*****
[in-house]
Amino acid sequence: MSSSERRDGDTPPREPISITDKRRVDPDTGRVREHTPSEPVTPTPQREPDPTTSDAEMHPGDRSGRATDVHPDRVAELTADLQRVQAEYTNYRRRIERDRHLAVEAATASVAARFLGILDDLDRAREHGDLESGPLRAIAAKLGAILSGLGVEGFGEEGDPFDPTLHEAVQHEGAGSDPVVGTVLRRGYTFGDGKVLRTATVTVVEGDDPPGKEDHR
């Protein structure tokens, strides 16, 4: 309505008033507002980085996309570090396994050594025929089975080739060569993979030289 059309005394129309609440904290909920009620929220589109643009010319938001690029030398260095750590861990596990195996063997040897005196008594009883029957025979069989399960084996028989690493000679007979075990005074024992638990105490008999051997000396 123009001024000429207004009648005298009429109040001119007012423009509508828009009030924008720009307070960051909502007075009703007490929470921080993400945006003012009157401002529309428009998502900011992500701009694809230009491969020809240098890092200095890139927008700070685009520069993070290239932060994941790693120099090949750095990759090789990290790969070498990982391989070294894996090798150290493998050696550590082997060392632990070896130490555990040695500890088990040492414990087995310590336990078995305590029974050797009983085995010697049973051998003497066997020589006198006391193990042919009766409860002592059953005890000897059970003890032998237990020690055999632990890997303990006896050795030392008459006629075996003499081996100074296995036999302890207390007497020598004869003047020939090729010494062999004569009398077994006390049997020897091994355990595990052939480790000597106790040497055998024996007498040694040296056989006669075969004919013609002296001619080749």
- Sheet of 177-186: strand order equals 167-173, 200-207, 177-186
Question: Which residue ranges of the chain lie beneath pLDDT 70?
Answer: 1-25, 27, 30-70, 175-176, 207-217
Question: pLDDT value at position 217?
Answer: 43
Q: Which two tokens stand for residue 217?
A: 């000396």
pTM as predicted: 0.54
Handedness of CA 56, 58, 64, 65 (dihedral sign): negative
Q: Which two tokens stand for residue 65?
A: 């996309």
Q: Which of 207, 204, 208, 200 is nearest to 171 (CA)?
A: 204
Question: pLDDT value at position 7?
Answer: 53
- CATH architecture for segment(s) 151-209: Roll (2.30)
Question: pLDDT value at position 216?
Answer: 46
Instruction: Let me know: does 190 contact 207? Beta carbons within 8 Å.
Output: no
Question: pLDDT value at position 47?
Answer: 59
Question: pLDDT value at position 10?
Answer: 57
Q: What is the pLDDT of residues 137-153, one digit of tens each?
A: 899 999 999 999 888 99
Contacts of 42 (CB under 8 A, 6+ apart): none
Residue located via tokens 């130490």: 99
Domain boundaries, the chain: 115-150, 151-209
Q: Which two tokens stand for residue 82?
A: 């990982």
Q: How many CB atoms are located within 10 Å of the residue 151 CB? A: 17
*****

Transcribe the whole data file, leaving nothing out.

[in-house]
Amino acid sequence: MSSSERRDGDTPPREPISITDKRRVDPDTGRVREHTPSEPVTPTPQREPDPTTSDAEMHPGDRSGRATDVHPDRVAELTADLQRVQAEYTNYRRRIERDRHLAVEAATASVAARFLGILDDLDRAREHGDLESGPLRAIAAKLGAILSGLGVEGFGEEGDPFDPTLHEAVQHEGAGSDPVVGTVLRRGYTFGDGKVLRTATVTVVEGDDPPGKEDHR
């Protein structure tokens, strides 16, 4: 309505008033507002980085996309570090396994050594025929089975080739060569993979030289 059309005394129309609440904290909920009620929220589109643009010319938001690029030398260095750590861990596990195996063997040897005196008594009883029957025979069989399960084996028989690493000679007979075990005074024992638990105490008999051997000396 123009001024000429207004009648005298009429109040001119007012423009509508828009009030924008720009307070960051909502007075009703007490929470921080993400945006003012009157401002529309428009998502900011992500701009694809230009491969020809240098890092200095890139927008700070685009520069993070290239932060994941790693120099090949750095990759090789990290790969070498990982391989070294894996090798150290493998050696550590082997060392632990070896130490555990040695500890088990040492414990087995310590336990078995305590029974050797009983085995010697049973051998003497066997020589006198006391193990042919009766409860002592059953005890000897059970003890032998237990020690055999632990890997303990006896050795030392008459006629075996003499081996100074296995036999302890207390007497020598004869003047020939090729010494062999004569009398077994006390049997020897091994355990595990052939480790000597106790040497055998024996007498040694040296056989006669075969004919013609002296001619080749």
- Sheet of 177-186: strand order equals 167-173, 200-207, 177-186
Question: Which residue ranges of the chain lie beneath pLDDT 70?
Answer: 1-25, 27, 30-70, 175-176, 207-217
Question: pLDDT value at position 217?
Answer: 43
Q: Which two tokens stand for residue 217?
A: 């000396």
pTM as predicted: 0.54
Handedness of CA 56, 58, 64, 65 (dihedral sign): negative
Q: Which two tokens stand for residue 65?
A: 């996309």
Q: Which of 207, 204, 208, 200 is nearest to 171 (CA)?
A: 204
Question: pLDDT value at position 7?
Answer: 53
- CATH architecture for segment(s) 151-209: Roll (2.30)
Question: pLDDT value at position 216?
Answer: 46
Instruction: Let me know: does 190 contact 207? Beta carbons within 8 Å.
Output: no
Question: pLDDT value at position 47?
Answer: 59
Question: pLDDT value at position 10?
Answer: 57
Q: What is the pLDDT of residues 137-153, one digit of tens each?
A: 899 999 999 999 888 99
Contacts of 42 (CB under 8 A, 6+ apart): none
Residue located via tokens 């130490």: 99
Domain boundaries, the chain: 115-150, 151-209
Q: Which two tokens stand for residue 82?
A: 């990982």
Q: How many CB atoms are located within 10 Å of the residue 151 CB? A: 17